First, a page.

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If you are a mom, you have first-hand experience on how fussy a baby can be mostly just before a nap. Catastrophic! How can such a little and adorable human cause such trouble? You must have also discovered the savior: A baby swing. In less than a minute of swinging the little troublemaker becomes drowsy. At last! You can have the much-needed rest. But is it right? Should Your Baby Sleep in The Baby Swing? That’s what we want to talk about today. We’ll also discuss the safety tips for using a baby swing.
Should You Let Your Baby Sleep in The Swing?
Most parents lay their babies, especially poor sleepers, to sleep on a baby swing. However, The American Academy of Pediatrics (AAP) advises against parents using baby swings as sleep aids. According to their guideline, prolonged upright sitting posture on the swing poses several risks to your baby, including Sudden Infant Death Syndrome (SIDS).
We don’t mean to scare you or leave you with a wrong impression about baby swings-not at all! The swing can still be used for short supervised naps and calming a fussy baby as long as you observe the safety guidelines.
Why Is Sleeping on the Swing So Risky For Babies?
Simply put, your baby’s neck muscles aren’t fully developed yet. So, when he sleeps at a semi-upright position, its heads weight puts a lot of pressure to the neck, causing him to slump over—sometimes slumping leads to suffocation.
Studies by the AAP have also revealed that sitting devices such as baby swings, car seats and strollers have caused 3% of the 12000 infant deaths. Shockingly 62% of the 3% of deaths was caused by sitting devices.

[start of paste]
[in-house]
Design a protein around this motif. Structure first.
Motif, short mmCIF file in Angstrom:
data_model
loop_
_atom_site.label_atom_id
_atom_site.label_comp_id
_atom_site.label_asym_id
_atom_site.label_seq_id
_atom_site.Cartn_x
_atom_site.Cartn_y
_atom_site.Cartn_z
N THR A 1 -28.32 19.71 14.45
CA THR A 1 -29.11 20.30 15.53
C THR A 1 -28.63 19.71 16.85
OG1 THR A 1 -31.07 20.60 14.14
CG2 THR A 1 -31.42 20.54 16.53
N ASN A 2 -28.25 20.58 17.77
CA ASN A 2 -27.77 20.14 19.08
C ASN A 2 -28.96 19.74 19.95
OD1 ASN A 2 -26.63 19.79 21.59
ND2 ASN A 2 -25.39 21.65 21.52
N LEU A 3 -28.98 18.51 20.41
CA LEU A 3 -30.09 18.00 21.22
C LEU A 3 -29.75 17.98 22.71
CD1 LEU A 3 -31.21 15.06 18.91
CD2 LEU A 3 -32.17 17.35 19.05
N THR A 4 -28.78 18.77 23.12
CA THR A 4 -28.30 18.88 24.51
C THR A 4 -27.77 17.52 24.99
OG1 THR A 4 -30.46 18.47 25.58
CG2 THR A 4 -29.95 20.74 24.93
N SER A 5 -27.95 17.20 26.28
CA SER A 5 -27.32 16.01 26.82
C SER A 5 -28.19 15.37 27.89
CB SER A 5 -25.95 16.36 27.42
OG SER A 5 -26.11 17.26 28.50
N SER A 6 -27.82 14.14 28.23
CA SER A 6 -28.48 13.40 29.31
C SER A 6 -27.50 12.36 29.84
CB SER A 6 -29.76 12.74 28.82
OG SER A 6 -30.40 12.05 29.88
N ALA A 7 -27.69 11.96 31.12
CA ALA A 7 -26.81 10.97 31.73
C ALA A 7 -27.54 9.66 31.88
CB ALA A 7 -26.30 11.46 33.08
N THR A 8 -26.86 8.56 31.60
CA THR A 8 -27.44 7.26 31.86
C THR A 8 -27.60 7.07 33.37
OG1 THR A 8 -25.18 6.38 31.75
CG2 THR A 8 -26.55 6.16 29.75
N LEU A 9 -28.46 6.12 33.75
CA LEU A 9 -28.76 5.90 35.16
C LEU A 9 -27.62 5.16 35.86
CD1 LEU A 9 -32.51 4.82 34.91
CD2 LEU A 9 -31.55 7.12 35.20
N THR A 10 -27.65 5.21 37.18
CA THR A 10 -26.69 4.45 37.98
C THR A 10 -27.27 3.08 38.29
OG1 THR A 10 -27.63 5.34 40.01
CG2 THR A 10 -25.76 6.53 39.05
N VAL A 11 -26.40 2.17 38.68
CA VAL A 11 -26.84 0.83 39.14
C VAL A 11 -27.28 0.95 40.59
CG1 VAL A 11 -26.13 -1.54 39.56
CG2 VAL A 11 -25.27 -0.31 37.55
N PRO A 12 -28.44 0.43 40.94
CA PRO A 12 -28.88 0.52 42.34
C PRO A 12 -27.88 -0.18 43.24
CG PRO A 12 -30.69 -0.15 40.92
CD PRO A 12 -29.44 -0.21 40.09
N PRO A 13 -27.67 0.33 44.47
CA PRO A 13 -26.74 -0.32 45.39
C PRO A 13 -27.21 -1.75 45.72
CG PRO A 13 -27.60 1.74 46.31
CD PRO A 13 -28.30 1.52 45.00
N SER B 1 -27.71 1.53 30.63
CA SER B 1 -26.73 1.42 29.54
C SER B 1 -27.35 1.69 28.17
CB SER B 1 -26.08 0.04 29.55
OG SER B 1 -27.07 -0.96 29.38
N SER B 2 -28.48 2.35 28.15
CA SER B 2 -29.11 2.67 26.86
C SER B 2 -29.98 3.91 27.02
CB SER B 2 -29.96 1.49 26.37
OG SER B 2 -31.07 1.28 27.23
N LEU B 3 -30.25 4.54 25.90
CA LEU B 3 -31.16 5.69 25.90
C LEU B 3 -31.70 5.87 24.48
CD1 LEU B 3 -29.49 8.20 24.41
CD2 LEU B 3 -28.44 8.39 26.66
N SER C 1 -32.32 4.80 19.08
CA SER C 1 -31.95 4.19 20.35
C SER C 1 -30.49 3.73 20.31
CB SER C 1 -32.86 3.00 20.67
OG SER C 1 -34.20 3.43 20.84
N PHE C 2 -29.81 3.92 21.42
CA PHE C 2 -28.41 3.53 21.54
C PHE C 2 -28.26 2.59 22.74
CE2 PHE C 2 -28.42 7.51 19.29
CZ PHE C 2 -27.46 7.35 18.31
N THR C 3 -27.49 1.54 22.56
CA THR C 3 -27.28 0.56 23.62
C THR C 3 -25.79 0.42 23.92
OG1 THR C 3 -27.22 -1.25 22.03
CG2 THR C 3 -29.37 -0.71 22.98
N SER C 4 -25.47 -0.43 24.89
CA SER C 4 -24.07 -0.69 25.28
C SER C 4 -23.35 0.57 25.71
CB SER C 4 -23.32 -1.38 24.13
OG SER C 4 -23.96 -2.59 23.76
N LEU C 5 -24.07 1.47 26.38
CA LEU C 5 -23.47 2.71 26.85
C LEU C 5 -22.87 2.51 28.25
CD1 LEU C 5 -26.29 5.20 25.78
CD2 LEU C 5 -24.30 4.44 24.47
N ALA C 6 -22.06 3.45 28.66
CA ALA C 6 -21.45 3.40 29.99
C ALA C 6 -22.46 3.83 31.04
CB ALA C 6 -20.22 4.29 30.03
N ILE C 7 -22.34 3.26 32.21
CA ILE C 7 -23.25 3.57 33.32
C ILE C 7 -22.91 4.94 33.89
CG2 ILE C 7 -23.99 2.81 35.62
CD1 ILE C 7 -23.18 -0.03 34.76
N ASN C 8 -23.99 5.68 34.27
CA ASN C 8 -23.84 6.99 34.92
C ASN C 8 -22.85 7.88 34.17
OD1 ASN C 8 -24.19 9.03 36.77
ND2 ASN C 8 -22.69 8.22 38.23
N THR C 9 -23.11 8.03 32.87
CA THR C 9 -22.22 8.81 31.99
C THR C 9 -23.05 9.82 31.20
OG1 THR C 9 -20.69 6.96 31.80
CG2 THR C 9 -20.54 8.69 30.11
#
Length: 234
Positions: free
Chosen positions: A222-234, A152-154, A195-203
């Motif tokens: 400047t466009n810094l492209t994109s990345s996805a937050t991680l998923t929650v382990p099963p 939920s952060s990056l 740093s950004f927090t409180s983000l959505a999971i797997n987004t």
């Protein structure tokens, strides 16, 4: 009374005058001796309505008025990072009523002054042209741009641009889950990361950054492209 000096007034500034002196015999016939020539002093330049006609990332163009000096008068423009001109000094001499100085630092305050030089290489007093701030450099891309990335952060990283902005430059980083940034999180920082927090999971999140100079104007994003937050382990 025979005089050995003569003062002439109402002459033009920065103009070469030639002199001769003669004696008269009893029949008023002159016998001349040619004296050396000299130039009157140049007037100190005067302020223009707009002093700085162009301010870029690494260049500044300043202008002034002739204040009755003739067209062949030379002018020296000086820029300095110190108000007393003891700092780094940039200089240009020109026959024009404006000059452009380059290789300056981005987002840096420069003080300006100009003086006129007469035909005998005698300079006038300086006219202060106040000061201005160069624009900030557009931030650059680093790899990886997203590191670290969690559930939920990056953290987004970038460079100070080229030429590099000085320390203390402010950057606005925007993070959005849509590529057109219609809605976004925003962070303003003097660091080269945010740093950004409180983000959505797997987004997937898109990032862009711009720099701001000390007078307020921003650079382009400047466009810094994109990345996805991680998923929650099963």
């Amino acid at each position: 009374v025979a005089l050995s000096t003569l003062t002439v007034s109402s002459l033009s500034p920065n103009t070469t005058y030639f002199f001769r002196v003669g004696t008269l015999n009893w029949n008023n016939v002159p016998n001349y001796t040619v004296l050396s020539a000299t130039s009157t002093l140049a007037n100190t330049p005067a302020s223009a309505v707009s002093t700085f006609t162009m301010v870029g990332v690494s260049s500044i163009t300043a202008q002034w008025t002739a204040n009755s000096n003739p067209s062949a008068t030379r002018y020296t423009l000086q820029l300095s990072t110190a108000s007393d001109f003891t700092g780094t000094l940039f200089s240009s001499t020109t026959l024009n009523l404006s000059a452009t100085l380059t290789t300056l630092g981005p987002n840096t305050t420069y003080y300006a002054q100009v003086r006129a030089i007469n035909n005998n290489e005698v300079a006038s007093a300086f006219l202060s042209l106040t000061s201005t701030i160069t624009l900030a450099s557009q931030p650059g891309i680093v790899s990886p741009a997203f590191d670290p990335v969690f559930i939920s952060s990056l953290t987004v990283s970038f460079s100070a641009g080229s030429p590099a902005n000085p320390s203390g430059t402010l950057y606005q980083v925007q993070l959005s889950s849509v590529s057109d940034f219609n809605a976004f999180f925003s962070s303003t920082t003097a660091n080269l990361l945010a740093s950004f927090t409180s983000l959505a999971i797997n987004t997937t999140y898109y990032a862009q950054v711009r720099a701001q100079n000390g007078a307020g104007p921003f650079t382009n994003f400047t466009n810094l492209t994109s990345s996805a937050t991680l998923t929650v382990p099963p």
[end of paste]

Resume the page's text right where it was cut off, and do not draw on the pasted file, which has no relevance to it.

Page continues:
The other risk is that your baby could turn his head and suffocate against the swings soft padding. The baby could also get entangled in the straps or worse roll over the swing if he is not securely strapped.
How do You Break the Baby Sleep in the Baby Swing Habit?
We understand: you are exhausted and need a little time to rest. Therefore, you need the baby to nap a bit longer, and the baby swing is your only option.
By now, you know the dangers that come with the swing and its time you broke the habit. Experts recommend that a baby should sleep on a firm sleeping surface. Here are a few tips on how to transition from the swing to the crib.
- If your baby is below 6 months, transfer him to the bassinet or crib as soon as he falls asleep in the swing. This will help him to get used to sleeping in the crib gradually.
- If your little one is above 4 months old, consider sleep training him. You risk creating onset association by transferring the kid from the swing to the crib at this age. (trust me! You never want to get there)
- Set the baby swing in a busy/noisy and well-lit area of your home during the day. Make it appear like the place where all the fun and play happens. The baby will acclimate to the swing as a play station and not sleeping area.